Mutual aid groups, in which volunteers give their time and resources to help others in the community, are seeing a resurgence in New York with the coronavirus pandemic.
Health clinics in isolated African American communities in the San Francisco Bay Area provide crucial services to neglected populations. But like thousands of other community clinics around the nation, their finances have been wrecked by the pandemic shutdown.
Many of the nation’s safety-net clinics for low-income patients are having to turn their model of care upside down overnight to deal with the realities of the pandemic — a challenge both financially and logistically. Federal funding is on the way.
Since two cases of the mysterious new coronavirus were reported in Southern California, Chinese immigrants have begun donning face masks. The practice is common in China but goes against official guidance in the U.S., and that’s causing conflict in local schools.
Jane Garcia is CEO of La Clínica de La Raza, which operates more than 30 clinics in the San Francisco Bay Area serving a high percentage of immigrant patients. She has challenged state and federal immigration policies in court, including the Trump administration’s recent attempt to expand the “public charge” rule.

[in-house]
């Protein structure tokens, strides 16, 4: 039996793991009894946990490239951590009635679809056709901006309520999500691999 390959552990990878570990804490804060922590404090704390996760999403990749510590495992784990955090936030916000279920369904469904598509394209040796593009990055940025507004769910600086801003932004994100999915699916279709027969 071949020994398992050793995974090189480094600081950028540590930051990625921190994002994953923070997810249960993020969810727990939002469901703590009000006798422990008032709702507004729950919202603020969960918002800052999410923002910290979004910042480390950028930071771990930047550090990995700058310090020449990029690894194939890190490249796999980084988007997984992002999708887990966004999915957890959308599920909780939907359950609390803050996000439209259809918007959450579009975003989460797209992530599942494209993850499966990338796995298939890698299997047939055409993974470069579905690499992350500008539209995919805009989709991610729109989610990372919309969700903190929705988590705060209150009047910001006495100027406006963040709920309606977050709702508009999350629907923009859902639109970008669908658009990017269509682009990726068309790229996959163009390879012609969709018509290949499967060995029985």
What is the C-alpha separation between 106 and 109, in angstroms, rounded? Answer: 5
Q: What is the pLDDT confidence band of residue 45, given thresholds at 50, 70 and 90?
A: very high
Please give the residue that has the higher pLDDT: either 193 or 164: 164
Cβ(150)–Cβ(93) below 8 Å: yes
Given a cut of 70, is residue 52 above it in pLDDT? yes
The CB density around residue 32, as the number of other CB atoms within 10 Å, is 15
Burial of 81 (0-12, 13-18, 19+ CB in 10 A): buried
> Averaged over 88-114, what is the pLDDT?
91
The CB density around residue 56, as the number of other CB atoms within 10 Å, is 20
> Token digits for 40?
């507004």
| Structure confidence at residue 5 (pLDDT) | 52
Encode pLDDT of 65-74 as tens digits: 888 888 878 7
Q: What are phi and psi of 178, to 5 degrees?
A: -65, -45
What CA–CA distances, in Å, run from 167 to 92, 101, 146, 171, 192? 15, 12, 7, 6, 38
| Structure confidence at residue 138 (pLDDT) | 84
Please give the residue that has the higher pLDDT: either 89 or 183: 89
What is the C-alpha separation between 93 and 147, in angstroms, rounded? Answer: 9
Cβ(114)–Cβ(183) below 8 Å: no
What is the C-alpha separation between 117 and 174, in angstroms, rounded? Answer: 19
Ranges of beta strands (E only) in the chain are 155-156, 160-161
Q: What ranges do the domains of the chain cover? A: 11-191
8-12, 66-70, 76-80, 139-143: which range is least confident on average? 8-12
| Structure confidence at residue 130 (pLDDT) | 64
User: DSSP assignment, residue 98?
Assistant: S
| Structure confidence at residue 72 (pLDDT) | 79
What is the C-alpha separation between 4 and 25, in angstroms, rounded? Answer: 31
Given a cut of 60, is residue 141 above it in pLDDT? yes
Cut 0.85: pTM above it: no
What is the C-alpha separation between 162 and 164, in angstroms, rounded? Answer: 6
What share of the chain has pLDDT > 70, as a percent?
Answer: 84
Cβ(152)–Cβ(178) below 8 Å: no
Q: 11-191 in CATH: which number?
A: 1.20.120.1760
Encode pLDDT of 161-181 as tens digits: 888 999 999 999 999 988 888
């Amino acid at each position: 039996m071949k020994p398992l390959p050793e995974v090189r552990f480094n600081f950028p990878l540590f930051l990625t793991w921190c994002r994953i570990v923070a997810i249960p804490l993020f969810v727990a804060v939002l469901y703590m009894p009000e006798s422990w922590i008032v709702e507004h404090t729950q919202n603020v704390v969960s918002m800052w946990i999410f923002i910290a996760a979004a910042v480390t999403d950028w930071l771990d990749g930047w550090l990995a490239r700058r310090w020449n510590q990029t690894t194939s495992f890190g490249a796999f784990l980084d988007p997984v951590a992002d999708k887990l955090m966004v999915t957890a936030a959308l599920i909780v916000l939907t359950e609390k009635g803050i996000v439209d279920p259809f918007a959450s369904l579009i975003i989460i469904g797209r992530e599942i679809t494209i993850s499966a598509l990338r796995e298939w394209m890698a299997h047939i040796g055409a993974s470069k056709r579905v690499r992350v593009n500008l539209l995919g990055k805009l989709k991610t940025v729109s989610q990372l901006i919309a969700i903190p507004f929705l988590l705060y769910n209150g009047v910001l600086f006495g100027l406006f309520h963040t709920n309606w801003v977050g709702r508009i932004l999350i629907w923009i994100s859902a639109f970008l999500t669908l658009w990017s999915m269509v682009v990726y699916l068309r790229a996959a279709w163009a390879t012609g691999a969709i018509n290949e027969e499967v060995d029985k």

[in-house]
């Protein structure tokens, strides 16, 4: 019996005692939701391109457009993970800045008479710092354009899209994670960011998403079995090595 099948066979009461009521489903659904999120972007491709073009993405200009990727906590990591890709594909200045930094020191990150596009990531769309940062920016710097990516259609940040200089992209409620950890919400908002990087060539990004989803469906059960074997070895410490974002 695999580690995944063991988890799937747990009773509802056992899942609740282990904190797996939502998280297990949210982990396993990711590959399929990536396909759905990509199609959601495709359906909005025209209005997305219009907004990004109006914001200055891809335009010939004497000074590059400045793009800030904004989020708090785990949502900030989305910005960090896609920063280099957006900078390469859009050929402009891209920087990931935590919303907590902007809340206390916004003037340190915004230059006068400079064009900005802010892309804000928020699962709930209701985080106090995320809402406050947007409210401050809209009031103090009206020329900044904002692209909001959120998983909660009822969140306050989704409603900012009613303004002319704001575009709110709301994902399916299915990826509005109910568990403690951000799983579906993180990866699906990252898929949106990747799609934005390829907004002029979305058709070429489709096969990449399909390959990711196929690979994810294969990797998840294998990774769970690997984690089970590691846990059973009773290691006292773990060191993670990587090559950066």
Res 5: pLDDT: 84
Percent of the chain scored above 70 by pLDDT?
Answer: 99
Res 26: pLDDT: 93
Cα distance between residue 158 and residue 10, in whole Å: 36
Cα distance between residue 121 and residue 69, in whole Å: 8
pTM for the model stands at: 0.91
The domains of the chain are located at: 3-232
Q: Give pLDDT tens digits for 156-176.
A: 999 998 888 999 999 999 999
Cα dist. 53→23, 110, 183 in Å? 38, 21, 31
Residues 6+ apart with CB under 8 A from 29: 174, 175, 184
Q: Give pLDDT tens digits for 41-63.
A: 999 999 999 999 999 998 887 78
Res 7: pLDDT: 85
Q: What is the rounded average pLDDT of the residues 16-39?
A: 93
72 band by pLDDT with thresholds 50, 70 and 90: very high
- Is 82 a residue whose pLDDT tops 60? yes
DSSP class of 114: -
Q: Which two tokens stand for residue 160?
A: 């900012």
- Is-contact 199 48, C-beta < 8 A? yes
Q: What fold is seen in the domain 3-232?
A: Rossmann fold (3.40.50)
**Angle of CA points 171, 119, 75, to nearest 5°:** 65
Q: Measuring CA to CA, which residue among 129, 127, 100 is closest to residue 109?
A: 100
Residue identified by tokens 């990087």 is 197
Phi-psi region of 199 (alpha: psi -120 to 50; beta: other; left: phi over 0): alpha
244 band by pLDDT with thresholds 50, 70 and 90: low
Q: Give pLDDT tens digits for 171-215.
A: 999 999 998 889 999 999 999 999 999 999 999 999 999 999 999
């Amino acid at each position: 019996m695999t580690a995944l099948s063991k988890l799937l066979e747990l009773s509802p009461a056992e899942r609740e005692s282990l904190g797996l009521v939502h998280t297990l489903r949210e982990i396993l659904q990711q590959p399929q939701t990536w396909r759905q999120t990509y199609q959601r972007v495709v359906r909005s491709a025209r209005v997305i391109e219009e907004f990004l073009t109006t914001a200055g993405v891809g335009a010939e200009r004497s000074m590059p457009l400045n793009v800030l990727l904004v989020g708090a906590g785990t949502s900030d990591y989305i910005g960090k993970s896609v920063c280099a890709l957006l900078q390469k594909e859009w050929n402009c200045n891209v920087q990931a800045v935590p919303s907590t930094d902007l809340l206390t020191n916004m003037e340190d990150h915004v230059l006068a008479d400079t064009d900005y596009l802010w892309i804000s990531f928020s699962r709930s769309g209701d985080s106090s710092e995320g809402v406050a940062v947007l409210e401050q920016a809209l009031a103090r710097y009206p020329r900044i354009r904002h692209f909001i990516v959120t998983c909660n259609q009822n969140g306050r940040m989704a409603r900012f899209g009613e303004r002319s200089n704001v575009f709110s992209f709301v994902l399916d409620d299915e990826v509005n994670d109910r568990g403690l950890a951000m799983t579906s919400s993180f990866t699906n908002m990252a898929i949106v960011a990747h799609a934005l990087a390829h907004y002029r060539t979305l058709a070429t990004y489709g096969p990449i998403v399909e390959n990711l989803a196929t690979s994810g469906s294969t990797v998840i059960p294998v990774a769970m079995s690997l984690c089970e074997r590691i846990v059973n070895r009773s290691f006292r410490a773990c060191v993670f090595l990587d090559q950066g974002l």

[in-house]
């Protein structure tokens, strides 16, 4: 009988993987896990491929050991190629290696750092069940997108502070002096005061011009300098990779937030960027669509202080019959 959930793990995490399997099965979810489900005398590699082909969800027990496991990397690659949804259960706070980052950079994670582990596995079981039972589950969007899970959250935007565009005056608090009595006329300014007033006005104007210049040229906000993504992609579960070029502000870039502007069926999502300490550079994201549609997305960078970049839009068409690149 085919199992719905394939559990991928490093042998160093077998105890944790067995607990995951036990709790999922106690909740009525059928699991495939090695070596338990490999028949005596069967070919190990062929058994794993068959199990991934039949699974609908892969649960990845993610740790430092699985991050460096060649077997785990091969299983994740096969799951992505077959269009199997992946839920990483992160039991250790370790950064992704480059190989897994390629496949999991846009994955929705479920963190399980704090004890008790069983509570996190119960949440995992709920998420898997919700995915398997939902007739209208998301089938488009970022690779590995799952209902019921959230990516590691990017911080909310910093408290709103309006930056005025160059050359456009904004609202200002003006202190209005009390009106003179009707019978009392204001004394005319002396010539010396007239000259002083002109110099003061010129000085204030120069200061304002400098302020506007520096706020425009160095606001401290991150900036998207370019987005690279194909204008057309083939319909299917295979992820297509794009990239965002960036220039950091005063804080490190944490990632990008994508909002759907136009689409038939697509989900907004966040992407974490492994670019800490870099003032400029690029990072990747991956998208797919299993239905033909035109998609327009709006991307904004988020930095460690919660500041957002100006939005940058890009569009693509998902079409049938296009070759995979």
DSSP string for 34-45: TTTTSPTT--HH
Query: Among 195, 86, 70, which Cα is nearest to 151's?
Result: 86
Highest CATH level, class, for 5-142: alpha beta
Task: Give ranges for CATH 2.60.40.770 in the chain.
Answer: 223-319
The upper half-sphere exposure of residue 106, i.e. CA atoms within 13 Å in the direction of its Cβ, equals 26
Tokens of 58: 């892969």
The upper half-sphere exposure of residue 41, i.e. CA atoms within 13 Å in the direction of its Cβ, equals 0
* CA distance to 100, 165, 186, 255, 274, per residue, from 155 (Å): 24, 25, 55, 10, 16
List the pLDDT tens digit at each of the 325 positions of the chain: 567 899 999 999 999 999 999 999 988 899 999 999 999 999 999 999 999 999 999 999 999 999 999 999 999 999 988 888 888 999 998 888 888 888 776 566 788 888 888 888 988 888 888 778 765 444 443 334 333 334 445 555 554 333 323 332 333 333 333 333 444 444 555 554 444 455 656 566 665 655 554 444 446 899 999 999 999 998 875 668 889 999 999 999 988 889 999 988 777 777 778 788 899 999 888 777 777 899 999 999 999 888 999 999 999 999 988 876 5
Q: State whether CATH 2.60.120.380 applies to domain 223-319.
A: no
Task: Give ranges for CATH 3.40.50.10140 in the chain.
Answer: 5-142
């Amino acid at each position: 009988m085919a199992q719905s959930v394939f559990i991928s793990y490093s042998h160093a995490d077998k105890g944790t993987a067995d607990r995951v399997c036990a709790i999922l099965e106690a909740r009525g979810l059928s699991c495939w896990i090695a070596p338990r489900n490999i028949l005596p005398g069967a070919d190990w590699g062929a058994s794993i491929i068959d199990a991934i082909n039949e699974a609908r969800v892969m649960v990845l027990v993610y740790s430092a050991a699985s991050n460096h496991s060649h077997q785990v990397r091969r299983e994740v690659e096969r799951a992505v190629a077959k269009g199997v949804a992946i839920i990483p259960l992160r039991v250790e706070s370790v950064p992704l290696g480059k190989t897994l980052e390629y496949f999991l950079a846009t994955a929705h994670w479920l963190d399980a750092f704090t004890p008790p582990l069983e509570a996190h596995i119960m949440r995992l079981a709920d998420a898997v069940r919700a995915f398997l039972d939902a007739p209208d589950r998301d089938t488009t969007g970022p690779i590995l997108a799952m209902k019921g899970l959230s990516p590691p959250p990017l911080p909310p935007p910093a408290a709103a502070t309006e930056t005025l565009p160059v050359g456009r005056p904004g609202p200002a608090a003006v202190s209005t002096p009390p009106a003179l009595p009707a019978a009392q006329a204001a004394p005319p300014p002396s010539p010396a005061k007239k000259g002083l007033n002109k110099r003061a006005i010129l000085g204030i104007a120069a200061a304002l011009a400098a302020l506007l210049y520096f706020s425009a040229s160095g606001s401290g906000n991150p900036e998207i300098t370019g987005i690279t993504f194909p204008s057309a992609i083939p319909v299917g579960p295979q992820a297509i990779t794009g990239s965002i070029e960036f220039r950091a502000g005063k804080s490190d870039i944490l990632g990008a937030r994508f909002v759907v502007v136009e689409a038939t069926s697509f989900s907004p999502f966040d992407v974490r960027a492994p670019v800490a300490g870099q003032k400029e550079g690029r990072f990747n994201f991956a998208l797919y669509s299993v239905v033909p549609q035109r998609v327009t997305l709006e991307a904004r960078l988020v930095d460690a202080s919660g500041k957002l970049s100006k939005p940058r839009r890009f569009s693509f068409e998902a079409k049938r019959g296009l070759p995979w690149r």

Margot Sanger-Katz of The New York Times, Paige Winfield Cunningham of The Washington Post and Jennifer Haberkorn of the Los Angeles Times join KHN’s Julie Rovner to discuss the new “Medicare-for-all” bill introduced by House Democrats, the grilling of pharmaceutical company CEOs by a Senate committee and new Trump administration rules that take aim at Planned Parenthood. Plus, Rovner interviews KHN’s Julie Appleby about the latest “Bill of the Month” installment.
A growing number of community hospitals are forming alliances with some of the nation’s biggest and most prestigious institutions. But for prospective patients, it can be hard to assess what these relationships actually mean.